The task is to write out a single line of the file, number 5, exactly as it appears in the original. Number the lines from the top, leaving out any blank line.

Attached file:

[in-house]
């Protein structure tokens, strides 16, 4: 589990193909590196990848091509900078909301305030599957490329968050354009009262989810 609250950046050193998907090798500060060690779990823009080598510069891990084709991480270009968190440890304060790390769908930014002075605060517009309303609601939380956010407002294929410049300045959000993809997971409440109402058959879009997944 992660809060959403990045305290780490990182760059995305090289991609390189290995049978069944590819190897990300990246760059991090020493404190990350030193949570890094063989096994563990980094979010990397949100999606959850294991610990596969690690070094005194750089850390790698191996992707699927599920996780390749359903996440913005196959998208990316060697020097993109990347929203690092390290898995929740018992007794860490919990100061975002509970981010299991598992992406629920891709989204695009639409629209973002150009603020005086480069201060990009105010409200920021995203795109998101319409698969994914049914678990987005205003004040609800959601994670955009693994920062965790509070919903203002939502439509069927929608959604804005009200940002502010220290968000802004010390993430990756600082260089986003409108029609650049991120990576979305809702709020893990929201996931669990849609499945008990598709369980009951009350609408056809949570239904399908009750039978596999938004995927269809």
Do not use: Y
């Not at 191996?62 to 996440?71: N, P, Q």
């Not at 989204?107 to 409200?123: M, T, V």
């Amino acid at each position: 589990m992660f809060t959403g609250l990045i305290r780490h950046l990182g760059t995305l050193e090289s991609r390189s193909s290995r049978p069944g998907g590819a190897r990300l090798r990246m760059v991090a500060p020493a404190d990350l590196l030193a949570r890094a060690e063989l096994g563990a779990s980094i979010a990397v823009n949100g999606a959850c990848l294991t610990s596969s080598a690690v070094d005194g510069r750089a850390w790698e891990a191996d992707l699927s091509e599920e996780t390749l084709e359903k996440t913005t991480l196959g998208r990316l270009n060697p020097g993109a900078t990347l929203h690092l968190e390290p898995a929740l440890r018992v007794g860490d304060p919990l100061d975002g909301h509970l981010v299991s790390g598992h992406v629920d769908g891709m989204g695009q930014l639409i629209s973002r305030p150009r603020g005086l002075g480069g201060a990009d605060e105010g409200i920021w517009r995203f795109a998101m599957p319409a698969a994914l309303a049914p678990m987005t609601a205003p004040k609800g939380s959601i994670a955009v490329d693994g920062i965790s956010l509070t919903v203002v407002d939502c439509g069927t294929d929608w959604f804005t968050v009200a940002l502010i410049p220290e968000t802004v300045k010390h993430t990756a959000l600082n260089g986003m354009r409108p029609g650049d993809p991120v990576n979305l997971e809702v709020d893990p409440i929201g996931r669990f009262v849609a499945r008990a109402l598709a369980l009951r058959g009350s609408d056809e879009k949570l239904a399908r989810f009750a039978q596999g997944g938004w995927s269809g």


């Not at 989204?107 to 409200?123: M, T, V």